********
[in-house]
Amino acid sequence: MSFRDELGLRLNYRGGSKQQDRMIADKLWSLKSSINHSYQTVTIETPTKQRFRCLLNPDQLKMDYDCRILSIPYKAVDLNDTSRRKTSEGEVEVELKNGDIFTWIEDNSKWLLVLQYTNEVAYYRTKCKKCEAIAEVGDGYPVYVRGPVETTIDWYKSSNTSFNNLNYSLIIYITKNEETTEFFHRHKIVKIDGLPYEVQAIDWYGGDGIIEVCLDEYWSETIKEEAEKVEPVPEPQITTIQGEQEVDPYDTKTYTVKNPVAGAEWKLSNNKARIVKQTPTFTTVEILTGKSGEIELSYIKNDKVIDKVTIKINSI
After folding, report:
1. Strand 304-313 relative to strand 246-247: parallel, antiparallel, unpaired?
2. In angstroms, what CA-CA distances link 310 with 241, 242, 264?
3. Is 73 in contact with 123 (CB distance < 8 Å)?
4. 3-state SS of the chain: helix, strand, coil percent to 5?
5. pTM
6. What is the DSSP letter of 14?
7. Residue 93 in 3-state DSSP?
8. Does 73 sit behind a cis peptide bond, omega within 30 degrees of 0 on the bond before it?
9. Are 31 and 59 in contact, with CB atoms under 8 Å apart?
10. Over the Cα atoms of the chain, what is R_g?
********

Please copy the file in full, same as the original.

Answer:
[in-house]
Amino acid sequence: MSFRDELGLRLNYRGGSKQQDRMIADKLWSLKSSINHSYQTVTIETPTKQRFRCLLNPDQLKMDYDCRILSIPYKAVDLNDTSRRKTSEGEVEVELKNGDIFTWIEDNSKWLLVLQYTNEVAYYRTKCKKCEAIAEVGDGYPVYVRGPVETTIDWYKSSNTSFNNLNYSLIIYITKNEETTEFFHRHKIVKIDGLPYEVQAIDWYGGDGIIEVCLDEYWSETIKEEAEKVEPVPEPQITTIQGEQEVDPYDTKTYTVKNPVAGAEWKLSNNKARIVKQTPTFTTVEILTGKSGEIELSYIKNDKVIDKVTIKINSI
After folding, report:
1. Strand 304-313 relative to strand 246-247: parallel, antiparallel, unpaired?
2. In angstroms, what CA-CA distances link 310 with 241, 242, 264?
3. Is 73 in contact with 123 (CB distance < 8 Å)?
4. 3-state SS of the chain: helix, strand, coil percent to 5?
5. pTM
6. What is the DSSP letter of 14?
7. Residue 93 in 3-state DSSP?
8. Does 73 sit behind a cis peptide bond, omega within 30 degrees of 0 on the bond before it?
9. Are 31 and 59 in contact, with CB atoms under 8 Å apart?
10. Over the Cα atoms of the chain, what is R_g?